When a new set of students got to audition for a play at Tyrone Middle, something special happened
By KELLY RYAN
© St. Petersburg Times, published April 29, 2000
ST. PETERSBURG -- "Annie, do you know how to waltz?"
Jessica Stribling's eyes, deep and blue, widened at the teacher's question. She had hokey-pokied with her mom. But she had never waltzed or even danced with a boy her age.
Tyrone Middle School teacher Linda Clark summoned Demetrius Simpkins Jr. to the stage, where 30 students were rehearsing for the musical Annie. Jessica plays the title character, a bubbly orphan. Demetrius plays the billionaire who wants to rescue her.
"You're going to waltz with Annie," Clark directed.
The cast watched the pair swirl. Jessica's face flushed, and the 13-year-old's full, cherry-red lips curled into a grin.
In the Tampa Bay area, about 81,000 students are considered "exceptional," a broad term that describes students with a wide variety of special needs. About 20,000 are gifted; the other 61,000 are disabled.
From her seat in a motorized scooter that serves as her legs, Mrs. Clark worked for two months to produce Annie with a blend of exceptional and mainstream students from her Pinellas County school.
Clark watched "regular" middle school students -- teenagers who can be judgmental and cruel -- grab hands with disabled students to help them on stage or to the bathroom. She saw a gentle eighth-grader console a student with cerebral palsy who was kicking and screaming and scaring everyone else.
She witnessed Jessica's transformation.
The effort, a first for Mrs. Clark, the students and the school, had been at once exhausting and exhilarating, scary and joyful. More than 150 people crowded the school gymnasium Friday night to see the result.
"What I have seen this year has verged on a miracle," Mrs. Clark said. "It's unfortunate every student doesn't get to experience this."
For a long time, students with disabilities were segregated in their own school society with different teachers, materials and expectations.
But in the past two decades, school districts have moved to include more disabled students in mainstream classrooms. In Pinellas, 62 percent of the county's 22,000 disabled students spend some time every day learning alongside so-called "regular" kids.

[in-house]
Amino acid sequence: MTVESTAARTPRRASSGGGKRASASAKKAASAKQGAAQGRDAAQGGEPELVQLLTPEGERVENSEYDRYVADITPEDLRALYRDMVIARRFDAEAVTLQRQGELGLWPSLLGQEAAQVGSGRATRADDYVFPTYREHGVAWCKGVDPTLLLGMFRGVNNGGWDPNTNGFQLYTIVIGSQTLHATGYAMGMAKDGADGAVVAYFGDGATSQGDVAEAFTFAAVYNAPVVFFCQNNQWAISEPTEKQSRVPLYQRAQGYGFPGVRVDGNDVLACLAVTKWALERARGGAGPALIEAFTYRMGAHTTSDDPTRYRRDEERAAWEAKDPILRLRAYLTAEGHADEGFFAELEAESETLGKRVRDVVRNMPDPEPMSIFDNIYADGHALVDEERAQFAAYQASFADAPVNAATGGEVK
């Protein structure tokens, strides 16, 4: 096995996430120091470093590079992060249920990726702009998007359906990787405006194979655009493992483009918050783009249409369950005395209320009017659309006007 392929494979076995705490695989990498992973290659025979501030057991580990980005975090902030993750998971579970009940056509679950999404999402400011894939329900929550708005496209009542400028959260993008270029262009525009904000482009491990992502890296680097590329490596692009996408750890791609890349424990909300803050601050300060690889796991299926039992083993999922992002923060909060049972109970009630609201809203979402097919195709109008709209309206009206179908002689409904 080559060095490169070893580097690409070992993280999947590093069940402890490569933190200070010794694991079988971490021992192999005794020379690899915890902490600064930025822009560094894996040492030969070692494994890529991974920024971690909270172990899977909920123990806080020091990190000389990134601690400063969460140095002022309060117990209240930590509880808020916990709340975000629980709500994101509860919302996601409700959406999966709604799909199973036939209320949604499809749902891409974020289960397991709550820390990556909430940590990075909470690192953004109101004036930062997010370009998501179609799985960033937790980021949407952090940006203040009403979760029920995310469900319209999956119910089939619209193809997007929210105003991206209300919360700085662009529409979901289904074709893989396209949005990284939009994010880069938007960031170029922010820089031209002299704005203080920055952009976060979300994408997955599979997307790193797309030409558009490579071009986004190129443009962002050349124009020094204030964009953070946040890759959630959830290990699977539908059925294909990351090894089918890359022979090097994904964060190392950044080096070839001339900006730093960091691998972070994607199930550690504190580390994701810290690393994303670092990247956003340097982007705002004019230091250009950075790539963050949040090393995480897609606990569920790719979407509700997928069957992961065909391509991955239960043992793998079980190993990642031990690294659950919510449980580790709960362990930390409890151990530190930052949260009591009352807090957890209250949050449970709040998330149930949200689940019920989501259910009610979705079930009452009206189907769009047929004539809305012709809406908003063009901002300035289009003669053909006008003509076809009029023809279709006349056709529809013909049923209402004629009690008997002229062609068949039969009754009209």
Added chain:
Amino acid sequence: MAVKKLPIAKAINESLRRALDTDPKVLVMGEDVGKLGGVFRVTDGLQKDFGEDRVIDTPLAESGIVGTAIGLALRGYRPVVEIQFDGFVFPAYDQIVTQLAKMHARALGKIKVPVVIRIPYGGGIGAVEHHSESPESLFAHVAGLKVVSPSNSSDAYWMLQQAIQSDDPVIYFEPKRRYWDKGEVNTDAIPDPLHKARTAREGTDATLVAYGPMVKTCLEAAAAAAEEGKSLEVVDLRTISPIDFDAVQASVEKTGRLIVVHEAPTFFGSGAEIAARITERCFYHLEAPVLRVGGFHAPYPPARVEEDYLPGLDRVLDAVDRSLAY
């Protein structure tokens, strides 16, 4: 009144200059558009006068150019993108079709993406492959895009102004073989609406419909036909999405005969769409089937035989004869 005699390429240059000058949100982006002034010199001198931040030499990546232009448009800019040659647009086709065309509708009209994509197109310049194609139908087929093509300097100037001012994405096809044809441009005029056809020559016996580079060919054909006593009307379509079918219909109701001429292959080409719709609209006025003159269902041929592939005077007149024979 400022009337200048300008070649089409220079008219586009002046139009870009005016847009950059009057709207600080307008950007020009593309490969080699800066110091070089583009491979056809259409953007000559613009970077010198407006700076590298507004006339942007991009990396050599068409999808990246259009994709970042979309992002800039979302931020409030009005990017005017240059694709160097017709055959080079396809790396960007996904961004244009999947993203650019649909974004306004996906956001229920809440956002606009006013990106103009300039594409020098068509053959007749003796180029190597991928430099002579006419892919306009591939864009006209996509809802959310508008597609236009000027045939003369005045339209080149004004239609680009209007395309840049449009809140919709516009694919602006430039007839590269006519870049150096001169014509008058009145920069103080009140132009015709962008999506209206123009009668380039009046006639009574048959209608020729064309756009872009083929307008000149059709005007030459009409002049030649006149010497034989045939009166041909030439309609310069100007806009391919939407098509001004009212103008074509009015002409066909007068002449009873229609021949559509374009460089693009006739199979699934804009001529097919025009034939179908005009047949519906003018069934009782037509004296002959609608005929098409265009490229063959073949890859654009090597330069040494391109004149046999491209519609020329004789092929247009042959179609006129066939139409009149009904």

In the 14 years Mrs. Clark has taught music at Tyrone Middle, disabled students have sung in the choir but never taken leading roles in the school's theater productions.
Until one day in October when Jessica decided she wanted to be in the play. And she wanted to be the star.
A rare genetic condition called Williams Syndrome means Jessica doesn't learn at the same pace as her peers. Shy and polite, Jessica seldom speaks in class unless asked a question, and the answers are often halting yeses or nos.
Noise rattles her. Sometimes she gets lost walking to her own bedroom. Her mom helps her dress in two-piece cotton outfits with no buttons or zippers, which her fingers can't work.
So why would she want to be Annie?
"You're acting. You're not yourself," Jessica explained. "You're someone different."
Her biggest fans -- her mom, her teacher, her full-time aide -- weren't sure trying out for Annie was a swell idea. Too much pressure. Too much stimulation. Too much.
At the audition, Jessica's voice was sweet and strong. She knew all the lines. She was loud and angry when she was supposed to be, then sniffling and sad.
She was better than the other girls, even the ones that teachers call regular.